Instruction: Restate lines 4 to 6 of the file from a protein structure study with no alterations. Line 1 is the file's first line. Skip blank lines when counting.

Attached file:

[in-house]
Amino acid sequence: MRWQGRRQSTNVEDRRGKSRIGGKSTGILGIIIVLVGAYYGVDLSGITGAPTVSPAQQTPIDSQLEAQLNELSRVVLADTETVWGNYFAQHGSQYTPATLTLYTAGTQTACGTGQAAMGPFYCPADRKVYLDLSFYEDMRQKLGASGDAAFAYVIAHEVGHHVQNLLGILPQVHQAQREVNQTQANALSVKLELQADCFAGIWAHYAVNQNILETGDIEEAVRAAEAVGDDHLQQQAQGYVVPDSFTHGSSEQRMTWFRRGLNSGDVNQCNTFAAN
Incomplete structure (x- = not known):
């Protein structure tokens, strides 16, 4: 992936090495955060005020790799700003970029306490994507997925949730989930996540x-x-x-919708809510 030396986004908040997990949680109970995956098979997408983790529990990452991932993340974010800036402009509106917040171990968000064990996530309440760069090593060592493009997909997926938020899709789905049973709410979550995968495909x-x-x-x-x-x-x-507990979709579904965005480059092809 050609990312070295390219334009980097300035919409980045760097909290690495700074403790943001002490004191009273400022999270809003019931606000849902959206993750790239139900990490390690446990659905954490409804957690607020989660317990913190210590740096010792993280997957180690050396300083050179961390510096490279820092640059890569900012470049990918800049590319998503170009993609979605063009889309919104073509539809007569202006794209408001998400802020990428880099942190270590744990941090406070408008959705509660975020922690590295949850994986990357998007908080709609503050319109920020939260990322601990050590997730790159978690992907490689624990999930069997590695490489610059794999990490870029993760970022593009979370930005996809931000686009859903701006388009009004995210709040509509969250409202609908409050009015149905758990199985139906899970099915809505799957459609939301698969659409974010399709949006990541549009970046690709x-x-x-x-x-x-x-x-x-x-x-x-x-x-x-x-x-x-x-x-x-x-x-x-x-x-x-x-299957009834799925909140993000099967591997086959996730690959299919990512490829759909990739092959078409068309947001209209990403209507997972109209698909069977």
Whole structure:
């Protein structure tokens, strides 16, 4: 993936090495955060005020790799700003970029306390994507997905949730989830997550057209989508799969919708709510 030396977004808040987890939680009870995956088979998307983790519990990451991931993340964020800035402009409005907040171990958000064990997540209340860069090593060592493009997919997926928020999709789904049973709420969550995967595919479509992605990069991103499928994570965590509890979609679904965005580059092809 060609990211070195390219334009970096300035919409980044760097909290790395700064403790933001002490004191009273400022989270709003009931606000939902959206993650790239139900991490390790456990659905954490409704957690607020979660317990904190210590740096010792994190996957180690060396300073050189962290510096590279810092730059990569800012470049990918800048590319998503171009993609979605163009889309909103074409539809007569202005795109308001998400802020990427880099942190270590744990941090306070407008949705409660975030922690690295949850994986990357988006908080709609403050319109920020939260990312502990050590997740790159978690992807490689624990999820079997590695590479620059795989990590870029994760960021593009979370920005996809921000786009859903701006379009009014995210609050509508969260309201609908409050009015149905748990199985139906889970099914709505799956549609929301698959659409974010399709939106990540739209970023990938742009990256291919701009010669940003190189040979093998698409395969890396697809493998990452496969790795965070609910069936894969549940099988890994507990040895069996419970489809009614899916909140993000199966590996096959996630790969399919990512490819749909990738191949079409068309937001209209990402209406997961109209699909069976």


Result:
């Protein structure tokens, strides 16, 4: 992936090495955060005020790799700003970029306490994507997925949730989930996540x-x-x-919708809510 030396986004908040997990949680109970995956098979997408983790529990990452991932993340974010800036402009509106917040171990968000064990996530309440760069090593060592493009997909997926938020899709789905049973709410979550995968495909x-x-x-x-x-x-x-507990979709579904965005480059092809 050609990312070295390219334009980097300035919409980045760097909290690495700074403790943001002490004191009273400022999270809003019931606000849902959206993750790239139900990490390690446990659905954490409804957690607020989660317990913190210590740096010792993280997957180690050396300083050179961390510096490279820092640059890569900012470049990918800049590319998503170009993609979605063009889309919104073509539809007569202006794209408001998400802020990428880099942190270590744990941090406070408008959705509660975020922690590295949850994986990357998007908080709609503050319109920020939260990322601990050590997730790159978690992907490689624990999930069997590695490489610059794999990490870029993760970022593009979370930005996809931000686009859903701006388009009004995210709040509509969250409202609908409050009015149905758990199985139906899970099915809505799957459609939301698969659409974010399709949006990541549009970046690709x-x-x-x-x-x-x-x-x-x-x-x-x-x-x-x-x-x-x-x-x-x-x-x-x-x-x-x-299957009834799925909140993000099967591997086959996730690959299919990512490829759909990739092959078409068309947001209209990403209507997972109209698909069977």
Whole structure:
């Protein structure tokens, strides 16, 4: 993936090495955060005020790799700003970029306390994507997905949730989830997550057209989508799969919708709510 030396977004808040987890939680009870995956088979998307983790519990990451991931993340964020800035402009409005907040171990958000064990997540209340860069090593060592493009997919997926928020999709789904049973709420969550995967595919479509992605990069991103499928994570965590509890979609679904965005580059092809 060609990211070195390219334009970096300035919409980044760097909290790395700064403790933001002490004191009273400022989270709003009931606000939902959206993650790239139900991490390790456990659905954490409704957690607020979660317990904190210590740096010792994190996957180690060396300073050189962290510096590279810092730059990569800012470049990918800048590319998503171009993609979605163009889309909103074409539809007569202005795109308001998400802020990427880099942190270590744990941090306070407008949705409660975030922690690295949850994986990357988006908080709609403050319109920020939260990312502990050590997740790159978690992807490689624990999820079997590695590479620059795989990590870029994760960021593009979370920005996809921000786009859903701006379009009014995210609050509508969260309201609908409050009015149905748990199985139906889970099914709505799956549609929301698959659409974010399709939106990540739209970023990938742009990256291919701009010669940003190189040979093998698409395969890396697809493998990452496969790795965070609910069936894969549940099988890994507990040895069996419970489809009614899916909140993000199966590996096959996630790969399919990512490819749909990738191949079409068309937001209209990402209406997961109209699909069976």